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The Best Debate Ever

The opinions expressed by columnists are their own and do not necessarily represent the views of Townhall.com.

The CNBC Republican debate was a hot mess. It also was exactly what the Republican Party needed.

Conventional wisdom is moderators Becky Quick, John Harwood, and Carl Quintanilla were so biased they ruined the debate, but nothing could be further from the truth. They provided an invaluable service – they united the field and laid bare media bias for the world to see.


Their questions were awful, but they weren’t unfair (at least the ones not based on lies). It wasn’t the topics; it was their tone.

Donald Trump should be asked about how he plans to fulfill the promises he’s making on the trail, but asking him if he’s running a comic book campaign crossed the line.

Ted Cruz should be asked to explain what his plan for dealing with the debt limit is, it just shouldn’t be couched in “are you insane?”

Whoever ends up winning the nomination is going to face a hostile press – more skillful at masking it than the CNBC crowd, but hostile nonetheless. Those candidates learned how to neuter it by hitting it head-on.

It was Newt Gingrich vs. CNN times 10. Well, times 8 since Jeb Bush and John Kasich were non-entities unable or unwilling to deviate from their playbooks.

It was only a matter of time until someone had enough; the only surprise was that it came so early. When Ted Cruz beautifully deconstructed the questions from Larry, Curly and Moe, leaving the emperor naked on that stage, there wasn’t a Republican in America without a smile so wide it hurt in the best kind of way.

This was the moment we’ve been waiting for, and it was served up by smug journalists fully expecting to get away with it again.

Had it just been one hit, the Cruz hit, it would have left a serious mark. But it was followed perfectly by Marco Rubio’s “Hillary has the ultimate superPAC – the media” body blow. Then Chris Christie delivered a roundhouse with his “Do you want me to answer your question or do you want to answer it?” comeback.


Each building off the others, the field was emboldened and the attitude shifted. With the exception of Bush and Kasich, who stuck with their plans, each of the other candidates finished the debate stronger than they started.

In boxing you never want the decision to go to the judges, because the judges bring their own biases and prejudices. You want the knockout; no ambiguity. Whoever emerges to face Hillary Clinton, or another Democrat should she be indicted, will need not only to fight the Democrat but the entirety of the mainstream media. Wednesday, Republicans found a way to fight it and win.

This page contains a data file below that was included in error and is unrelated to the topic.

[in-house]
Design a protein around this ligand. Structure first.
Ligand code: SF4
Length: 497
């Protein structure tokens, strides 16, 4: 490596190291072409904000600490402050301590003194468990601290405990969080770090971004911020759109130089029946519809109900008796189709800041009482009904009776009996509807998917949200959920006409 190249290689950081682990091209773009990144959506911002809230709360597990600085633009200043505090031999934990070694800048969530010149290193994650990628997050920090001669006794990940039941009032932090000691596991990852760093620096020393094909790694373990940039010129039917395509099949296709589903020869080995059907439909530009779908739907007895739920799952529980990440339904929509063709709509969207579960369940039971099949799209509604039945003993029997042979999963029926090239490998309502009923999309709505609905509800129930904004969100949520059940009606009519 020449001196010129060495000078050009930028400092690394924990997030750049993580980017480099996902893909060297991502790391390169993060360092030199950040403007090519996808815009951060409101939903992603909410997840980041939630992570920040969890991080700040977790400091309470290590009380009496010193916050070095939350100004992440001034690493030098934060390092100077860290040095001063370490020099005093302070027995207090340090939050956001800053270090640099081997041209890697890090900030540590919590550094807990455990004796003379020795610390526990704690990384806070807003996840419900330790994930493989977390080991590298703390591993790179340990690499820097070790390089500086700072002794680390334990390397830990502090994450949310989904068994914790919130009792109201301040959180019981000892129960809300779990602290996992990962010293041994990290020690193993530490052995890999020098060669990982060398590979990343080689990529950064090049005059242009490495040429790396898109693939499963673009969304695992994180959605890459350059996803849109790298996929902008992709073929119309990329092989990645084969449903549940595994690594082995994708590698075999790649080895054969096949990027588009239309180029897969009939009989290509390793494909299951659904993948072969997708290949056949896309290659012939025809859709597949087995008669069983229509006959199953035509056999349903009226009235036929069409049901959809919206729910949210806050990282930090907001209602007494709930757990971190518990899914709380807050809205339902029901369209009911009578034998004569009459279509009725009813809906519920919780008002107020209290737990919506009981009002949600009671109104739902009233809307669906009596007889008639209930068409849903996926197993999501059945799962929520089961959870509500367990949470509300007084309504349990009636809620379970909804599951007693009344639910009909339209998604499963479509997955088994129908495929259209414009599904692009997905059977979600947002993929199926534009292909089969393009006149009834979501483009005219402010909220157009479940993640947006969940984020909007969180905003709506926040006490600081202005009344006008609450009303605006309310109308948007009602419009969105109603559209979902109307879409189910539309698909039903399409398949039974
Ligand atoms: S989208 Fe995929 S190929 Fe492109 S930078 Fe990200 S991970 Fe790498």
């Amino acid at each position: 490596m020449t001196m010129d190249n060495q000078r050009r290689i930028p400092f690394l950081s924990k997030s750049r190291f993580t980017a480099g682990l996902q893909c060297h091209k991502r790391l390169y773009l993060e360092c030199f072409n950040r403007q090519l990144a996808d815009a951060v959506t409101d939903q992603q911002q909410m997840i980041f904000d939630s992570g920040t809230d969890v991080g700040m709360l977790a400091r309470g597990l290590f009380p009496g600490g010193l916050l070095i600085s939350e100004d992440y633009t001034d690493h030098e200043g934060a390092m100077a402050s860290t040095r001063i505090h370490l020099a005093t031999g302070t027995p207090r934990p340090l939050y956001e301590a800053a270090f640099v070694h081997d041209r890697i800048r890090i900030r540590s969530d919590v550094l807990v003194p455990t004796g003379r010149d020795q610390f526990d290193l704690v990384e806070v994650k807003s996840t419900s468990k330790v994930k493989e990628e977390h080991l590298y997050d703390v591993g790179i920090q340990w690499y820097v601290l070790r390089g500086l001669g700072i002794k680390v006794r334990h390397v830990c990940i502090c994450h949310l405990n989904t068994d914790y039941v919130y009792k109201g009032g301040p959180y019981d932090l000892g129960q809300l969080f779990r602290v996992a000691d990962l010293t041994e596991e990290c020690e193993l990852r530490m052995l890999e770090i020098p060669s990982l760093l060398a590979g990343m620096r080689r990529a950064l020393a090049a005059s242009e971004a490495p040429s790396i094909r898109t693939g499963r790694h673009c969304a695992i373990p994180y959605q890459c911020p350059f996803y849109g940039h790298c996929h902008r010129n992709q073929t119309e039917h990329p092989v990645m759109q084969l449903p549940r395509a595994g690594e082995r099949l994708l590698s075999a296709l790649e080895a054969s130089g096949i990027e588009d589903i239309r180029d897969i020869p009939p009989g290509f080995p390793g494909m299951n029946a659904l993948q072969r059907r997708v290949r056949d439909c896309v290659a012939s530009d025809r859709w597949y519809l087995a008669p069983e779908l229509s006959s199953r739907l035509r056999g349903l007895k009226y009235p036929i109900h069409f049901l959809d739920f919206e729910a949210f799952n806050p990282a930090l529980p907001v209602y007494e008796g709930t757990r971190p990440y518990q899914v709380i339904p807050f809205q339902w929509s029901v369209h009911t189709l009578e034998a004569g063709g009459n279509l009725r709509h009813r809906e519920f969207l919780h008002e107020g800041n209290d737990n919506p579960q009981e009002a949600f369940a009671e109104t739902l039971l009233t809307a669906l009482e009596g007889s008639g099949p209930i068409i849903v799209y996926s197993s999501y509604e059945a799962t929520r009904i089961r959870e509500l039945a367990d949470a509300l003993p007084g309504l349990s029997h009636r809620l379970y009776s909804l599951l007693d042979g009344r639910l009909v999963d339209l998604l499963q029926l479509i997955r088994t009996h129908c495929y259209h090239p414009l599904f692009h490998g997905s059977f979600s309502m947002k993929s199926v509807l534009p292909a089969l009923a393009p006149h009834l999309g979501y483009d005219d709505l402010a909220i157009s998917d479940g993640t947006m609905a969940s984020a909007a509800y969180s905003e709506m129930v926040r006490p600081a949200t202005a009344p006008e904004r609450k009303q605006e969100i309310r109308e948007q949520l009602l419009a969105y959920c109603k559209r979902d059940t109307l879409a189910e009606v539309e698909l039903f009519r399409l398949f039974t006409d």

Were it not for the arrogant trio’s condescension, the GOP field would still be operating on the media’s terms. There would be no discussion of debate format or network changes or demanding issues be seriously addressed in future forums. It was an unwitting but invaluable service.

Republicans being Republicans, there’s always the chance of snatching defeat from the jaws of victory, so caution is warranted.

There is talk from some candidates of having talk radio hosts moderate a debate. That would be a huge mistake.

As much as I admire the names being bandied about for that position, they would not be good moderators. They are monologists not known for their interviewing skills. They’ve also, at one point of another, denounced most, if not all, of the candidates on various issues. It’d be like adding more podiums to the debate rather than conducting it. And a conductor is what’s needed.


While the candidates confer in search of a debate format, they should consider a conductor-type debate host. Someone to facilitate a conversation on the issues that matter, but only by keeping the conversation moving. Raise a topic, explain it briefly, then serve as traffic cop, bringing in each candidate on that topic. Letting the conversation go where it goes, playing devil’s advocate as needed, but recognizing no one is in the room or watching on TV because to see this moderator.

No podiums, only stools. No desk for the conductor, only comfortable shoes. The entirety of the stage for all at all times. The conversation and the bodies go where they go. Imagine a serious policy discussion among adults for two or more hours. Let’s see what these candidates can do without the shackles of a rigid format.

Freedom isn’t free, so the cost of entry also must be increased. A minimum of a 5 percent average in national polls bar is not unreasonable at this point. If it picks off a few recognizable names, then those names need to work harder to be more popular or recognize it just might not be their time.

The GOP needs to maintain the spine steeled this week, keep it arched against the media. But it can’t avoid the questions and shouldn’t try. They shouldn’t “suspend” NBC from all future debates, they should be demanding weekly debates on NBC. Stay on offense. Keep them on their heels. Call out garbage questions, steamroll them and get the message out over their vacuous heads.


The path to victory was exposed this week. The candidates just have to decide if they have the nerve to take it. Depending upon what comes next, the most biased debate yet could just turn out to be the best debate ever.

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